Just as the members of the Church are one through a common baptism and profession of faith, so also is the domestic church made one through the love of one man and one woman. A homeschooling family helps build Catholic culture by building up this unity within the family.

A couple of years ago some close friends of ours decided that they too would try the grand experiment. As you know, it is not for the faint of heart. How will I keep the kids busy? Will I know enough chemistry? What will our relatives say? And, by the way, can a homeschooled kid get into college? These questions and a dozen like them jump into the minds of parents considering the big move.

Well, for these friends of ours, what pushed them to get wet was a night at their church’s youth group. It was something of a family night. The church gym was filled with kids and parents all bustling around. One of the families present was homeschooling. My friend couldn’t take his eyes off of them. He watched how their children played with each other as friends; yes, friends who were used to spending all day together. He saw the parents speak to their kids; eye met eye; it was different from how he spoke to his. What hit him above all else was the manifest unity in this home. And he wanted it for his family too. “I wanted ours to be unified like that,” he told me; and so they jumped. That was about five years ago. And today that family, for me at least, provides a model for how a household can work together, on their property, in earning a common wage, and in educating kids.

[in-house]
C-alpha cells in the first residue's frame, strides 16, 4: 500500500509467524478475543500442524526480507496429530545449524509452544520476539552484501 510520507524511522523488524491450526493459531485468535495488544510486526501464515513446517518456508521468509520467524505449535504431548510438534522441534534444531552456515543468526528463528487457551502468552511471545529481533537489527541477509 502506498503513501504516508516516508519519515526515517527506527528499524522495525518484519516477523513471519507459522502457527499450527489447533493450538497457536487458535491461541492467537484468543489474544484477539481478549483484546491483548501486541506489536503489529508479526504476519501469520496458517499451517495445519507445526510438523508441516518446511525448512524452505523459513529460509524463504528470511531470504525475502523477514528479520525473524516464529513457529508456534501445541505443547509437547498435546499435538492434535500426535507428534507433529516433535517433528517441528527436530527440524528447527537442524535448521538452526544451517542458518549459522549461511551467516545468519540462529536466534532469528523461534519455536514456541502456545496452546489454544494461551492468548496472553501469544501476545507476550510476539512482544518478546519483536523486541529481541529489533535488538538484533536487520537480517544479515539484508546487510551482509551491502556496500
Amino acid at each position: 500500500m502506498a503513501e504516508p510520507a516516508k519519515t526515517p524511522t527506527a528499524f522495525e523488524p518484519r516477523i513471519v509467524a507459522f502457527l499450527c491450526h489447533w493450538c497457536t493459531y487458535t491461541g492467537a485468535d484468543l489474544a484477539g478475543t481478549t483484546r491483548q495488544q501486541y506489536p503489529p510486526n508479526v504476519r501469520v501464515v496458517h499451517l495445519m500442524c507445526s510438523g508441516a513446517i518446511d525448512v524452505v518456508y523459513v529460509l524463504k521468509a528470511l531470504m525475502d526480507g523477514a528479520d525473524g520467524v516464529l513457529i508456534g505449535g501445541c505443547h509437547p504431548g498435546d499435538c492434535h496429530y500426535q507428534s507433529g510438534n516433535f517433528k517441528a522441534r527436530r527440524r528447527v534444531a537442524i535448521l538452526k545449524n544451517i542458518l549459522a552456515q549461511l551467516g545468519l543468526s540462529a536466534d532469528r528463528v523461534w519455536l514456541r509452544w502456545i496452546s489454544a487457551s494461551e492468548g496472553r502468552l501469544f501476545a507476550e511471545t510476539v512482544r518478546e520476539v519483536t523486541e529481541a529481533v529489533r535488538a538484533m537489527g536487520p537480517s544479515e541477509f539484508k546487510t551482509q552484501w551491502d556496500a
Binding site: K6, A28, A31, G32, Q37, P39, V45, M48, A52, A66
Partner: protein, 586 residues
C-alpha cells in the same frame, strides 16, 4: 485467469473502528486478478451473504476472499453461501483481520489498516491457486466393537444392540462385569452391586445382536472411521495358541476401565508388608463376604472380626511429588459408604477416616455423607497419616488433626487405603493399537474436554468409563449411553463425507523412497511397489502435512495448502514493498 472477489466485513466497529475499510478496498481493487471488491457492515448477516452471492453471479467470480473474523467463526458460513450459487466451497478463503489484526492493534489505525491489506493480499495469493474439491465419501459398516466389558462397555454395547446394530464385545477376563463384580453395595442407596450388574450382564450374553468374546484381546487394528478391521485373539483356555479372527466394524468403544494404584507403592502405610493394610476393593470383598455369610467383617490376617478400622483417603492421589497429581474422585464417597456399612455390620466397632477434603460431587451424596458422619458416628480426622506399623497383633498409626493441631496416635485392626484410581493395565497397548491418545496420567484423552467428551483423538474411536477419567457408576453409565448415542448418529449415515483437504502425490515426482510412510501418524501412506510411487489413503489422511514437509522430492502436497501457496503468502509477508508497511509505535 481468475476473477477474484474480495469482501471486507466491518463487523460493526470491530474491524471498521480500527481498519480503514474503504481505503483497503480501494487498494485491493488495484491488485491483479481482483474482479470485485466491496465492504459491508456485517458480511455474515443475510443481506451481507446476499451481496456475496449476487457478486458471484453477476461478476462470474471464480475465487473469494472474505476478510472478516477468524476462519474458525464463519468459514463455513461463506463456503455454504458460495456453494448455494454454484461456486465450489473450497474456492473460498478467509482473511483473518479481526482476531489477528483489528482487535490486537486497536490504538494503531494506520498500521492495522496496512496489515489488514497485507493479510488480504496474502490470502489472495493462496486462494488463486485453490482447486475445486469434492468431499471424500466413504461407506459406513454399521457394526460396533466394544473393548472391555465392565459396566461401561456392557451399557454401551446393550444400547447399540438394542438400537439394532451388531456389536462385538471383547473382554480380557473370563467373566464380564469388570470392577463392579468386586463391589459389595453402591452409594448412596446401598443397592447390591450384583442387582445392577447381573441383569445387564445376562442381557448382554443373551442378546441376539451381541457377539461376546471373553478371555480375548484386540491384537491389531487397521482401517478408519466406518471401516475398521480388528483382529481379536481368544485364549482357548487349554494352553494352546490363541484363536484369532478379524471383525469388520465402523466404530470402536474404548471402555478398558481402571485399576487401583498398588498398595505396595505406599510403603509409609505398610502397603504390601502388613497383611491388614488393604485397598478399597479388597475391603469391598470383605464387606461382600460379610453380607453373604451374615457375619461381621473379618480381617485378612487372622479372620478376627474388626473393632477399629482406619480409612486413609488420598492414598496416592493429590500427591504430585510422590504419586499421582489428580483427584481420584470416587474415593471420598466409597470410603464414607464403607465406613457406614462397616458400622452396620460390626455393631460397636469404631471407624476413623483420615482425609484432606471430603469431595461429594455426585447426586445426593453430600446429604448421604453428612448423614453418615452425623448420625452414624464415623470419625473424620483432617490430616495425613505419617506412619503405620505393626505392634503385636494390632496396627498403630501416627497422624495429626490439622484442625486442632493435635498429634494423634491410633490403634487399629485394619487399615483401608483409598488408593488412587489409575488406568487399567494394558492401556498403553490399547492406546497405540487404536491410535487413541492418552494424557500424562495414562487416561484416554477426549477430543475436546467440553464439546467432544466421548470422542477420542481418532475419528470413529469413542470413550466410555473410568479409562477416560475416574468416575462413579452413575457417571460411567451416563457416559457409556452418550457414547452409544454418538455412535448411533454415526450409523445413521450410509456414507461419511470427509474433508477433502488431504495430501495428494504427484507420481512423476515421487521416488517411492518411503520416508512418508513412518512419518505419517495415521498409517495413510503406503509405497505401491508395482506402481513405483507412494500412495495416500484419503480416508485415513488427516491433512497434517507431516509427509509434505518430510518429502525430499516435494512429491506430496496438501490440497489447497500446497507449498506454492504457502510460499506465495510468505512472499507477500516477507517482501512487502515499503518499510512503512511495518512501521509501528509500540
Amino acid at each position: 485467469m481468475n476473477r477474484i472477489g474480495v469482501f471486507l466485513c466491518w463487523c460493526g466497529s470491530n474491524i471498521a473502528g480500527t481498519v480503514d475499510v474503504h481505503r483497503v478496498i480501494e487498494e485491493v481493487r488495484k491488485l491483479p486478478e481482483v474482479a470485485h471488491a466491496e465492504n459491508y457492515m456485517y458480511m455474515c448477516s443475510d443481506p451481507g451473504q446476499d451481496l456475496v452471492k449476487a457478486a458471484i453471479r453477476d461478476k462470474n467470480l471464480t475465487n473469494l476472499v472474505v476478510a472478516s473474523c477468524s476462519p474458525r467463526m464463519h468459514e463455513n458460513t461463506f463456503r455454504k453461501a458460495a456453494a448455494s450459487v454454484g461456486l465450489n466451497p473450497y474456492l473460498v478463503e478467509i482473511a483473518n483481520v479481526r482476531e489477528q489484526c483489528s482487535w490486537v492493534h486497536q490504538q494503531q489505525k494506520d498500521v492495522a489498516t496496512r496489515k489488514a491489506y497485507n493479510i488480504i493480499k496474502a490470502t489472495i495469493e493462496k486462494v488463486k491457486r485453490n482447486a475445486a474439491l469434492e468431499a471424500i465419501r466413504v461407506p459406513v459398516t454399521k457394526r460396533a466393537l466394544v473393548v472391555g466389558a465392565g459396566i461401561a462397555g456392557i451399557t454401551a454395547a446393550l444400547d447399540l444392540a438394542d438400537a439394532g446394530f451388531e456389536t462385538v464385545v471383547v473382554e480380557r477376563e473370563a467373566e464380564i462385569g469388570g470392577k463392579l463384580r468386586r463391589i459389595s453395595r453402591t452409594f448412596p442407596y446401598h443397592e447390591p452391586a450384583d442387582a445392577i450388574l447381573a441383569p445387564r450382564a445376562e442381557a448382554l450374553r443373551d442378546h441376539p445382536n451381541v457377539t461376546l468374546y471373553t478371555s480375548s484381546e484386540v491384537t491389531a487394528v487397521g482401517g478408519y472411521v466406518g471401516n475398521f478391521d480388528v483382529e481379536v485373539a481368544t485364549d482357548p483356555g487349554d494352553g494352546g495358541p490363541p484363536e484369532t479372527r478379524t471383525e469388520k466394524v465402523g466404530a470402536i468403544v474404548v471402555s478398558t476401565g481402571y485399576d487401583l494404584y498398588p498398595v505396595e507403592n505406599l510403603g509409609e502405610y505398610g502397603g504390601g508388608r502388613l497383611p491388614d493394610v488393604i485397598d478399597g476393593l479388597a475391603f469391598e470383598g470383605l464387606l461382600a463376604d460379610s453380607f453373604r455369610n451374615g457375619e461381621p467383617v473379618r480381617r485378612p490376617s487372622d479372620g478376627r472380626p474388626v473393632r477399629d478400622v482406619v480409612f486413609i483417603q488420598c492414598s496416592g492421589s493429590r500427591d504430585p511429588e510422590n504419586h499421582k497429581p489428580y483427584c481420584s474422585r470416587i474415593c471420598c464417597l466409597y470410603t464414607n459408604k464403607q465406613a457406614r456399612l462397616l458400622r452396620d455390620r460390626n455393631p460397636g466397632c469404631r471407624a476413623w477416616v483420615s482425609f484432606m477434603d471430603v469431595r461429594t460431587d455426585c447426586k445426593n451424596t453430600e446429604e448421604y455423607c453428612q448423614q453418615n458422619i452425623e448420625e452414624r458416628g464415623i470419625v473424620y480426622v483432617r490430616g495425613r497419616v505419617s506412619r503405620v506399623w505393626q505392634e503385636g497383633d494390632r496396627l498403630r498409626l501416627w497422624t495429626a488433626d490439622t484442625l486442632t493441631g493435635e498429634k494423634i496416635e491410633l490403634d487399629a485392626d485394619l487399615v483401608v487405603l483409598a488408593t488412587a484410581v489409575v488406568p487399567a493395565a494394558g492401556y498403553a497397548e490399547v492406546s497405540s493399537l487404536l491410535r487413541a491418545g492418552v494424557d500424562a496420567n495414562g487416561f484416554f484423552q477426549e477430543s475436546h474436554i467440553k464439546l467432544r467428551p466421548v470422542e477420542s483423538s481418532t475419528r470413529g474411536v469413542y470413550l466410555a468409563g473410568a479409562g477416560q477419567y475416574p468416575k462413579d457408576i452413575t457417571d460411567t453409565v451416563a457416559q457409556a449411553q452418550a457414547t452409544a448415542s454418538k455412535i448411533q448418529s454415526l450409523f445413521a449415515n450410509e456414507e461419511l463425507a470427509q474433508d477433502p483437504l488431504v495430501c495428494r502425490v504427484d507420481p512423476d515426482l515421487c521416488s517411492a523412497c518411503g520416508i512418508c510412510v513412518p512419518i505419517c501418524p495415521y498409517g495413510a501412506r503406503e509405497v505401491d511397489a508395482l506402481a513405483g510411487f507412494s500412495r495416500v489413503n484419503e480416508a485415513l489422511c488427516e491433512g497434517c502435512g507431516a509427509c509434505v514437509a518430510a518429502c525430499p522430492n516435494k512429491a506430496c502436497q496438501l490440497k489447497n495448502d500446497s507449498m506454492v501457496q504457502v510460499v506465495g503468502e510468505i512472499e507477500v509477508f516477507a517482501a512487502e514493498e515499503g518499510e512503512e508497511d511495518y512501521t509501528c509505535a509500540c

Not everyone wants the family to be unified in this way. In fact, the farther governments slide toward totalitarianism, the less they will tolerate strong families. The logic is not difficult to follow. The more the state sees itself as the only legitimate political actor, the more that the state sees its aim as the imposition of, say, universal equality, even an equality of unbridled freedom, the more it has to target quasi-political associations. As the Marxist theory goes: as family recedes, as parents get out of the way, equality will finally advance.